What is the role that food and shared meals played in your upbringing?
When we first moved to Texas, we did not have access to a lot of the foods we had in Taiwan, so we had to grow and make a lot of things. My paternal grandparents lived with us in Houston, and my grandfather built out our backyard with raised garden beds, growing everything he could from the motherland: loofah, string beans, water spinach. From the outside, in our very white and conservative community, we were assimilating well, and internally, maintaining cultural semblance with our Taiwanese heritage. No one knew that we stored our own urine for fertilizer (now, a very hip ecological practice in the western world), or that my grandfather took our dyed Easter Egg Chicks from the mall, raised them, then we ate them! Western school friends would look in our pantry for snacks to find odd-smelling dried goods. Recognizing that our way of doing things was “othering” us among my white friends, my embarrassed response was, “All of these things have to be cooked into “food”!”.
So while my grandfather grew a lot of our produce, my mother and grandmother spent a lot of time in the kitchen making everything else: Soymilk, Noodles, Tofu, Zong Zi, Radish Cake, etc. We ate family-style, 95% Taiwanese food. Western food cooked at home consisted of a very few specific things burned into my brain: Spaghetti with meatballs, Hamburgers, Beef stroganoff and Blueberry no-bake Cheesecake. When my American friends would ask, “Do you really eat Chinese food everyday? How do you pick up rice (grain by grain?) with chopsticks?”, I’d invariably retort, “Do you eat hamburgers everyday?!”.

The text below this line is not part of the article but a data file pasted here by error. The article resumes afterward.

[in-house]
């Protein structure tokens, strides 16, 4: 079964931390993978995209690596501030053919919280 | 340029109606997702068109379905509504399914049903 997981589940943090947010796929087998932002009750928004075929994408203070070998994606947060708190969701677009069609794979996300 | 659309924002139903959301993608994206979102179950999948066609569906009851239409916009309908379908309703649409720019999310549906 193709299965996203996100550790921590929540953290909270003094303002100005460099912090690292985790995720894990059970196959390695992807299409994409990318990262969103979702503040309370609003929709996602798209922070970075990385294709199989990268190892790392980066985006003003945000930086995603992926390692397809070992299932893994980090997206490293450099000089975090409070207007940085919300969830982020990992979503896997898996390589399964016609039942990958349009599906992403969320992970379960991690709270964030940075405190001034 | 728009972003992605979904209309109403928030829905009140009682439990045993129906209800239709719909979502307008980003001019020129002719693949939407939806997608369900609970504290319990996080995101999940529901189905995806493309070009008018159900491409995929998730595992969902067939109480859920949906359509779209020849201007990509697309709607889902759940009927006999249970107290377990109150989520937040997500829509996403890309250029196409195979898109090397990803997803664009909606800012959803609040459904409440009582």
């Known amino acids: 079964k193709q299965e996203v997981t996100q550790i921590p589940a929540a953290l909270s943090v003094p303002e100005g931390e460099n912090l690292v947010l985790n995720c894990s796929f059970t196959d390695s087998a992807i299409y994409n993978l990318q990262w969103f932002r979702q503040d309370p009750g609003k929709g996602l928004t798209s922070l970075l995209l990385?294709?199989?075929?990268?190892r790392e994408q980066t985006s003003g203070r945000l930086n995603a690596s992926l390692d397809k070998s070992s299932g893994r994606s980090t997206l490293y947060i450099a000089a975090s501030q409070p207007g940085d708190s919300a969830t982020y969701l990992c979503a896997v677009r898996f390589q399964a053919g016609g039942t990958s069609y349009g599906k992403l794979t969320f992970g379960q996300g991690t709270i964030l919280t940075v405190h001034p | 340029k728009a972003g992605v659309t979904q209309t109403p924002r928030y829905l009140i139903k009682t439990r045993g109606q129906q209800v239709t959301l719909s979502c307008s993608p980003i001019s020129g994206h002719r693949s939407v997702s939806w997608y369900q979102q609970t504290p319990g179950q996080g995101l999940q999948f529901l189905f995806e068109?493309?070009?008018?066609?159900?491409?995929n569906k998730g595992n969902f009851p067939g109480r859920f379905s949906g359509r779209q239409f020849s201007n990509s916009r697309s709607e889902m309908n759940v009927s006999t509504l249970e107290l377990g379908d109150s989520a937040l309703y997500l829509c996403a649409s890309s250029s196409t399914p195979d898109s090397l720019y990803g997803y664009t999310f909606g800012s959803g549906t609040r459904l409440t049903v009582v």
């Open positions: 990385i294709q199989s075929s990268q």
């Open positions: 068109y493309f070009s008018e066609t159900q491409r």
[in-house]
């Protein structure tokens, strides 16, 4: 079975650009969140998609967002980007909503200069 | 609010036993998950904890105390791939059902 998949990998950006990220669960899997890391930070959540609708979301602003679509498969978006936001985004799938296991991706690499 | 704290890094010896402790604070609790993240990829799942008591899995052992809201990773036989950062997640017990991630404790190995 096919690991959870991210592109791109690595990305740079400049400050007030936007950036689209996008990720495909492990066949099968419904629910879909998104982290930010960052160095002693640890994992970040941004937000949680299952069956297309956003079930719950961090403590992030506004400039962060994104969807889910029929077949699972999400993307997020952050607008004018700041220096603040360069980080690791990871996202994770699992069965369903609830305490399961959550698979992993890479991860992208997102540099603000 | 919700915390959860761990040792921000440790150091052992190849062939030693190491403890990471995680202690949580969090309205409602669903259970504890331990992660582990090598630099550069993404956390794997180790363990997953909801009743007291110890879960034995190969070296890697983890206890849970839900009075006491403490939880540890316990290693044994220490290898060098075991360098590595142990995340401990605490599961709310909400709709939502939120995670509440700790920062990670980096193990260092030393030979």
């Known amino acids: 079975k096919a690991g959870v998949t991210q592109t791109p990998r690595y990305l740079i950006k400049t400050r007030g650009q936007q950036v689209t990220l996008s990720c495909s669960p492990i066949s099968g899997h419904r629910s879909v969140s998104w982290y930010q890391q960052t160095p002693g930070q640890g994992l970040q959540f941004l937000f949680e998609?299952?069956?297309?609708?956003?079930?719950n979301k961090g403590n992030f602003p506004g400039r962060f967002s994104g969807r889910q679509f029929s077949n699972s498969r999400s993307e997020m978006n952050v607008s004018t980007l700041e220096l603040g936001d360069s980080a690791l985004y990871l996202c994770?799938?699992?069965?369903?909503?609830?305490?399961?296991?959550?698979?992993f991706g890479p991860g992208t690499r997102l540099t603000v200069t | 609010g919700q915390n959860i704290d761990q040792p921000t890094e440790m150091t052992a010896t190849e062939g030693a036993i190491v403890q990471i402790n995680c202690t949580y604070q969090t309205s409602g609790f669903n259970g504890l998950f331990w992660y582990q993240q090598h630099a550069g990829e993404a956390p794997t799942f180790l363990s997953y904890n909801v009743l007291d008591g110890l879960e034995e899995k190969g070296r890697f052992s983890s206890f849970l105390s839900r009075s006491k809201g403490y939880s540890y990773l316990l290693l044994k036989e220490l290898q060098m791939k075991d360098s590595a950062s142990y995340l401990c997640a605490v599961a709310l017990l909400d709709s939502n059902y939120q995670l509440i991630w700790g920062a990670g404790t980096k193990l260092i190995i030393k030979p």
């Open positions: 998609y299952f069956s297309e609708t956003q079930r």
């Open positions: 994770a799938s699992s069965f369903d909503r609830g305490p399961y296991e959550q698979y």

We had meals together as a family, but when I was in junior high and perhaps due to assimilation anxiety, I started to want to cook my own western food. By eschewing my family’s food, I would be scolded….hands out and hit on the knuckles with chopsticks! Other than this personal agency to create my own culinary world, my sister and I were not expected to learn how to cook. And with a nod to my family’s fear of us assimilating too much, I would often hear this phrase each time I enjoyed my mother’s cooking: “You like that fried rice, right? Well, if you want to have that in your life, you must find a Taiwanese wife!”.
I heard this at age 5, and, being in the closet….it was mildly traumatizing as you can imagine!!! Maybe this helps explain an important part of me wanting to cook things for myself, to prove an emotional point in some way?
What inspired you to start a dumpling business while living in Ecuador? What was the reception to this idea and what did that experience teach you?
I’ve had long trajectory of coming to food professionally. I’d learned to cook in earnest while in college in Iowa, reflective of a common storyline where one goes away to school, misses home cooking and then proceeds to get mom’s recipes over the phone! I went to school in a small town (population ~5,000) in the middle of Iowa, so this was my own “immigration” story similar to my parents, in a way. I sought out comfort foods and recipes from mom. My first being Oil Rice, which will be on the menu.